• Be available. Several years ago, a coworker told me she felt I was unapproachable. She told me that I’d get a look of annoyance on my face when she appeared at my office door. She said I seemed to resent being interrupted. I was horrified, as I’ve always considered myself to be a good “people person”. My expression was communicating a message that I had absolutely no intention of conveying. I thanked her profusely for telling me and I’ve never forgotten the important insight on myself that she gave me. If we are perceived as unapproachable, uncaring or unconcerned – if we believers are so focused on our daily tasks that we are unavailable to those around us – our harvest work is impaired. Our salt and light become bland and dim. Be available to those around you. Ask questions and be genuinely interested in what people have to say. You may be surprised at some of the doors that may open.

As I write this, I’m excited to head to my office. Today is a day stacked with meetings. I have a full email in-box. I have an abundance of opportunities to serve my employer, my coworkers, and my God. Indeed, the harvest is plentiful and I feel up to the task. Time to get to work.

Soli DEO Gloria!

Image Credit: YouVersion Bible App

(c) workisministry.com

Calm in the Whirlwind

I read this passage in a late February morning devotional. I was busy; hence, I was struggling to manage my time and maintain my priorities. I struggled with this throughout the month of March. I fell behind in my Bible reading plan, my prayer life lapsed, and I let weeks pass without posting a blog. As I read this passage, it brought me great comfort and I saved the image to share with you when I had ample time to offer my thoughts:

One thing I have asked from the Lord, that I shall seek: That I may dwell in the house of the Lord all the days of my life, to behold the beauty of the Lord and to meditate in His temple. For in the day of trouble He will keep me safe in His dwelling; He will hide me in the shelter of His sacred tent and set me high upon a rock.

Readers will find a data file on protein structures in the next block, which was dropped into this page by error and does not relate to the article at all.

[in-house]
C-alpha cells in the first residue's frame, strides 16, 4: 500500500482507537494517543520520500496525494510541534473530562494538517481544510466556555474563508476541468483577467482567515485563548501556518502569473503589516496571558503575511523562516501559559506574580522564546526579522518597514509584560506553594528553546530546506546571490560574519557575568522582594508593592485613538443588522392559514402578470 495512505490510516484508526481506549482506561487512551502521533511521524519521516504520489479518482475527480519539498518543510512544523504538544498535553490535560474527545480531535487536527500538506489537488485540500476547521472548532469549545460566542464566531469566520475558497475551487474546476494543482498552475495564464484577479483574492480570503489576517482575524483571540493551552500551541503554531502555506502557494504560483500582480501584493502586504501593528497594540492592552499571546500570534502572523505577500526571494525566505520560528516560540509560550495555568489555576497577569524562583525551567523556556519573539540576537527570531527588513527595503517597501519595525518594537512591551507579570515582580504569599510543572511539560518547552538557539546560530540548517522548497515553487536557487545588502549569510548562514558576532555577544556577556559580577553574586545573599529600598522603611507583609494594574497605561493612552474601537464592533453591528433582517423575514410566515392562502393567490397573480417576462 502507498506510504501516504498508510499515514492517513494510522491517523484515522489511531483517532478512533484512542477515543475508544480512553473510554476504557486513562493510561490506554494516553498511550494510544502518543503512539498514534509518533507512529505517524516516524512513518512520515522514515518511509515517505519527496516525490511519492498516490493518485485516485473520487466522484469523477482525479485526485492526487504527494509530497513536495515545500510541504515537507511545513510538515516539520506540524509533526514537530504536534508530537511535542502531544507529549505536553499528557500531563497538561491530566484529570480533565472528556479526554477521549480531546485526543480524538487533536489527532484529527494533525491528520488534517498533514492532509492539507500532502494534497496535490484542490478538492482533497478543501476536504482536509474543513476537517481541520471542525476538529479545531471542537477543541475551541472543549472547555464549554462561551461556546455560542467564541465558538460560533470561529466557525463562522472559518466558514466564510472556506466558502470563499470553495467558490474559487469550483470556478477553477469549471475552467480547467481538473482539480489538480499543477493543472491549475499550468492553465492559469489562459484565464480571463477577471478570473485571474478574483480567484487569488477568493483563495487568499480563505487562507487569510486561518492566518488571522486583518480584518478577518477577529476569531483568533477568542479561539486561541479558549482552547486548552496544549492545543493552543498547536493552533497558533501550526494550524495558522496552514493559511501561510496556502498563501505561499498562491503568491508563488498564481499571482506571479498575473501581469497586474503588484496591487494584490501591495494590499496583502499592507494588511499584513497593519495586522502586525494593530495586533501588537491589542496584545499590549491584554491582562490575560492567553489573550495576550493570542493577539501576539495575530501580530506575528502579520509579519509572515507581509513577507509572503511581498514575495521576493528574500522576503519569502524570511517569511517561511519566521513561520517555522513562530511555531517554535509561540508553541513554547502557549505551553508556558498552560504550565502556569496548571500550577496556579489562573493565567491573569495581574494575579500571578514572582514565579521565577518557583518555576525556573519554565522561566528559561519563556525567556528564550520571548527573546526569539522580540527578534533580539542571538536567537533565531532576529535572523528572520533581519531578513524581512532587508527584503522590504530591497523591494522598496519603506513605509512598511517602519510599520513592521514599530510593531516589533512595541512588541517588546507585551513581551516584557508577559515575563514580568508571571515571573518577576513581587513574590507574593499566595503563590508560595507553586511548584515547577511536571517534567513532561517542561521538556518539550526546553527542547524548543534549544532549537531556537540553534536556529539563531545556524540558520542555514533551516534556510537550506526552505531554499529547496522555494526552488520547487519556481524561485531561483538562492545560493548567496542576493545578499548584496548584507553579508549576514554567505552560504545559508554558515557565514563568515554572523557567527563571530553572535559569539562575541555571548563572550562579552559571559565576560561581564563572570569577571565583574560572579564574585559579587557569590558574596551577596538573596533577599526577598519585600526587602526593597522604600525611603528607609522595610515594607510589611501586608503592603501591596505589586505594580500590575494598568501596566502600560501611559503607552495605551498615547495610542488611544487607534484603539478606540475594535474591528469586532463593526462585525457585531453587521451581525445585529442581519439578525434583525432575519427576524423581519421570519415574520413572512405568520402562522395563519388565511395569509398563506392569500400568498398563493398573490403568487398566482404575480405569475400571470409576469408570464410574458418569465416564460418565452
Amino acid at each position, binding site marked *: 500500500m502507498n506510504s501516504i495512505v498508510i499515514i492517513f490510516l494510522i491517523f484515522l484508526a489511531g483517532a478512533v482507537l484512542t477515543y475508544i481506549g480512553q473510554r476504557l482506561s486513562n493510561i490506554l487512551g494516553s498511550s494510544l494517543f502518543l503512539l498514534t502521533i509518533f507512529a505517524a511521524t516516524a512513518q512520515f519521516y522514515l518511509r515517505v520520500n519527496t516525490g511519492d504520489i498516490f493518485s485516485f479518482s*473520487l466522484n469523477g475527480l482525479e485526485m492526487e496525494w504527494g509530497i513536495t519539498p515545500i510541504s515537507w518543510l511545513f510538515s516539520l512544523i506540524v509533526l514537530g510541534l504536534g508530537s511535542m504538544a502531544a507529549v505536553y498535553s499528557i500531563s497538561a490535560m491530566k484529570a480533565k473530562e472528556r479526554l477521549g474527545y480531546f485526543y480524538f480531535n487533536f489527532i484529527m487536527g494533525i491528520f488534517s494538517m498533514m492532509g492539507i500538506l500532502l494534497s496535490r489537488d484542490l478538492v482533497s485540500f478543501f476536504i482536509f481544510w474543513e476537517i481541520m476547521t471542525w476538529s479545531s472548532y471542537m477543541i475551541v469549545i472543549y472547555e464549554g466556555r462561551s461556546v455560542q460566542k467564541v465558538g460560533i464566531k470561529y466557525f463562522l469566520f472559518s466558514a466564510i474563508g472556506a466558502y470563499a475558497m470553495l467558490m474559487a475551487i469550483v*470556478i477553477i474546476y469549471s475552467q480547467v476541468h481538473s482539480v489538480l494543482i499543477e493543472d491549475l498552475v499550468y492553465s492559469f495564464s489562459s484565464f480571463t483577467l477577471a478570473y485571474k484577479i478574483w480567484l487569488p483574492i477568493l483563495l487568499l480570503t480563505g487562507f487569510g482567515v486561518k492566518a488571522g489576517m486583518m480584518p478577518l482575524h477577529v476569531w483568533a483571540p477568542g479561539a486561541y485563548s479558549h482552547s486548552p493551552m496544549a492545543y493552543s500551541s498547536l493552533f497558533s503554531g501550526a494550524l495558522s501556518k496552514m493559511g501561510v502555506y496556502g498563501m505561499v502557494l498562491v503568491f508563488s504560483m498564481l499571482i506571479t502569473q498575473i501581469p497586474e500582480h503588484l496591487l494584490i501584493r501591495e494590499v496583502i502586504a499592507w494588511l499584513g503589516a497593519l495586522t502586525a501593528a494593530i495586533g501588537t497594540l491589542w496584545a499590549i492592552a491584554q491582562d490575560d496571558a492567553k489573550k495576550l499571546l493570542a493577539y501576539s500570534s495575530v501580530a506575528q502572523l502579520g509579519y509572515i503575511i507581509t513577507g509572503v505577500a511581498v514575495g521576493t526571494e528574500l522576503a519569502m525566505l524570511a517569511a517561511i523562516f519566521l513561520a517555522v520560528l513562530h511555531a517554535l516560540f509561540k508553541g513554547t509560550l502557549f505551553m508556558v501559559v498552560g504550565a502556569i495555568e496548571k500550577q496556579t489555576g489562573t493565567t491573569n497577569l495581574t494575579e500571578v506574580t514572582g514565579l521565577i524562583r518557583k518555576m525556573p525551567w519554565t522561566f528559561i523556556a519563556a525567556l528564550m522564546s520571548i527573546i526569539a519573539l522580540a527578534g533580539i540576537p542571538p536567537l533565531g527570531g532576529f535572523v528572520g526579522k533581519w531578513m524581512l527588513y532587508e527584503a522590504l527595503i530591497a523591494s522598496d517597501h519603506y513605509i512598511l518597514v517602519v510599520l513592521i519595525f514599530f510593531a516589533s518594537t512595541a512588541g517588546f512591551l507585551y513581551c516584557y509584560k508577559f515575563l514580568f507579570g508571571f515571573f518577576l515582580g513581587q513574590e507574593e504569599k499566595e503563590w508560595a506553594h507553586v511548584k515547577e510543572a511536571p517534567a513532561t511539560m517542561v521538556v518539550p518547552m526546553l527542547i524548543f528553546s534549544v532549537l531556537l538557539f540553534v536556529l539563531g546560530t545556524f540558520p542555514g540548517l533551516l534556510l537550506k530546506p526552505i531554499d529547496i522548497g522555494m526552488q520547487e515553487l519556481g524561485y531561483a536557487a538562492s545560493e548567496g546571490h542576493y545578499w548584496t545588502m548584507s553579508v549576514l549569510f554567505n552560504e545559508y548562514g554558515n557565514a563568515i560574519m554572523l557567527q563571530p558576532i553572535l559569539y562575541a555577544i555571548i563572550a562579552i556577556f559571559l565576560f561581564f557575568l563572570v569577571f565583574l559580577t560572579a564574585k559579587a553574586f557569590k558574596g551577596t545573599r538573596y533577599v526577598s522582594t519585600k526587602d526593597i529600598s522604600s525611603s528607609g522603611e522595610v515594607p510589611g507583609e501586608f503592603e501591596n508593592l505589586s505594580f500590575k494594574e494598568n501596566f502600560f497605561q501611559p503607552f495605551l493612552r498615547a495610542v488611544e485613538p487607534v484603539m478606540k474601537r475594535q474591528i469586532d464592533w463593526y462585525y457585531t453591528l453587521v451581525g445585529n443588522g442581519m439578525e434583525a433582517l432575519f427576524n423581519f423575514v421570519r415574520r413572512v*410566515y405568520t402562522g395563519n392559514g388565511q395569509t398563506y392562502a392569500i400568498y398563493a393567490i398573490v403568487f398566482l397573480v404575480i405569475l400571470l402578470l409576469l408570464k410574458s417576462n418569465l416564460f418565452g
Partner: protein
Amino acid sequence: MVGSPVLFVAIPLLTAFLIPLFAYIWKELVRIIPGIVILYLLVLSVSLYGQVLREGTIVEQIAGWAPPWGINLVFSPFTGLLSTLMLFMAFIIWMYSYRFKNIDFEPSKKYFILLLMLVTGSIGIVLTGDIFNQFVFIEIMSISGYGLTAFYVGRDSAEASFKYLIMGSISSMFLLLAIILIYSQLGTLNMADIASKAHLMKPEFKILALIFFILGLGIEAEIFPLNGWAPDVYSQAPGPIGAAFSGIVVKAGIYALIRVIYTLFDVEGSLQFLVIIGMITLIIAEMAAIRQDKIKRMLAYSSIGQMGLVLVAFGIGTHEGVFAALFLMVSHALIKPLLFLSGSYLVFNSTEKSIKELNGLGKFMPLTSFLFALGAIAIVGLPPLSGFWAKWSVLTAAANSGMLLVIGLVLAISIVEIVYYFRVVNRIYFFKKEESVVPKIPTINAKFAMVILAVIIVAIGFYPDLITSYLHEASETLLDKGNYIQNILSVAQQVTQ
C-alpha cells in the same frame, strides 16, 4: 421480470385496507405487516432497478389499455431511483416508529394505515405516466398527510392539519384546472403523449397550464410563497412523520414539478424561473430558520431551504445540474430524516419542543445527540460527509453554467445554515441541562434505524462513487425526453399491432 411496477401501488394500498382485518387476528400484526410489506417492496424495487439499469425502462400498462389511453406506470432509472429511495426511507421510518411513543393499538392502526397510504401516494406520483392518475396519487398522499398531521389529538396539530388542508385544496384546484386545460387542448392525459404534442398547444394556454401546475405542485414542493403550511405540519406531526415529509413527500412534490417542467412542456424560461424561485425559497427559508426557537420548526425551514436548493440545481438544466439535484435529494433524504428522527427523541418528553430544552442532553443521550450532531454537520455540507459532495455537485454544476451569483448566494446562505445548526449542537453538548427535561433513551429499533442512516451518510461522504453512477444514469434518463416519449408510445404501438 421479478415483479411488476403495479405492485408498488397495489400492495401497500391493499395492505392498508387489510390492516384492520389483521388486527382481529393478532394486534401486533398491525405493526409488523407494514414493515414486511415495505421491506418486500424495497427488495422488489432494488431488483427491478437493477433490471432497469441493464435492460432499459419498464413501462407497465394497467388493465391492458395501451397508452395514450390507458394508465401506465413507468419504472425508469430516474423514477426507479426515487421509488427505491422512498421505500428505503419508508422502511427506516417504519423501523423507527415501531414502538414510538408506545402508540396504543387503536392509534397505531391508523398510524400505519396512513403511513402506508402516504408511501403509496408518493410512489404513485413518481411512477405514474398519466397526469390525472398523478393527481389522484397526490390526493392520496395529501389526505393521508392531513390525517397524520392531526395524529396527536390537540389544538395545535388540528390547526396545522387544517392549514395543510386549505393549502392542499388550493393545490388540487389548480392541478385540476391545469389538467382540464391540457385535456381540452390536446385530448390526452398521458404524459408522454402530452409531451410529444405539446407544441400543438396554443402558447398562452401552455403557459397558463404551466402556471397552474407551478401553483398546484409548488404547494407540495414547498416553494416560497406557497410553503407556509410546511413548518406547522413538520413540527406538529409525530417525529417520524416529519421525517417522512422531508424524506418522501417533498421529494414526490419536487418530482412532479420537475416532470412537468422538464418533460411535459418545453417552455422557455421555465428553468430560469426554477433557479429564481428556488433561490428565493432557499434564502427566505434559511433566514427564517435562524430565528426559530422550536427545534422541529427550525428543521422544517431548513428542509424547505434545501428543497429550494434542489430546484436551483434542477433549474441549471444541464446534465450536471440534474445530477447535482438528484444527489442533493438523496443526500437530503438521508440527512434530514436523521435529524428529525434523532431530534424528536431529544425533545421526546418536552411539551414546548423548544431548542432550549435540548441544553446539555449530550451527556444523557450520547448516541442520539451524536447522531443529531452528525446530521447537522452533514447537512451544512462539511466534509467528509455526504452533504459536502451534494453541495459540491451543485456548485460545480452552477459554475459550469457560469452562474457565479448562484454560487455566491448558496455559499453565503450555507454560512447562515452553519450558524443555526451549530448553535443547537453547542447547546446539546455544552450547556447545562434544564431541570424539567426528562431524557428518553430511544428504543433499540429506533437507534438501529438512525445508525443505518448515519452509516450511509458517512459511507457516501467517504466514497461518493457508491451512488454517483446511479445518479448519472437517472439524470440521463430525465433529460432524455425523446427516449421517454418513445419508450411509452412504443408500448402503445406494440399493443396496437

Psalm 27:4-5

My work environment is fast-paced and I generally enjoy that. But there are times when the volume and the pace combine to reach an almost overwhelming crescendo – one in which my morning devotional time is diverted to early email cleanup and weekend R&R is replaced by quiet hours in the office catching up on work. When I allow this to happen, I become distracted from that which is truly most important: my relationship with God.

Why does David seek to dwell in the house of the Lord all the days of his life, to behold His beauty and to meditate in His temple? Because it is grounding. You see, I yearn for His presence. Being in the presence of God resets my compass. When I am dialed in to my morning routine of Scripture reading, prayer and writing, my life takes on an element of calm, even as life’s whirlwind swirls around me. Do you see God’s action here?

“He will keep me safe…”

“He will shelter me…”

“He will set me high upon a rock.”

The peace and calm that come from spending time in worship, Bible study and prayer is God’s doing, not mine. And in that calm I am best equipped to handle everything that comes my way at home, at work, in life. Indeed, everybody wins.

On a recent lunchtime walk, I gave myself a rather stern lecture. I knew I was not managing my time according to my priorities. I reminded myself that my time is a gift from God. I own it, but He has first dibs. While I am dedicated to my work and other responsibilities, I cannot allow those to rob me of my time with my Lord. As I walked, I asked God to give me the strength, wisdom and means to realign my time with my priorities. And, as usual, God answered my prayer.

Thanks to two contractors having scheduled work at my house today (April Fools Day of all days) I took a day off – well, except for a conference call this morning and answering a few emails… Between offering instructions and answering questions, I used today to catch up on my Bible reading plan, update my prayer journal, and draft a few posts for my blog.

It’s been a good day.

Soli DEO Gloria!

Image credit: YouVersion Bible App

(c) workisministry.com 2019

Communication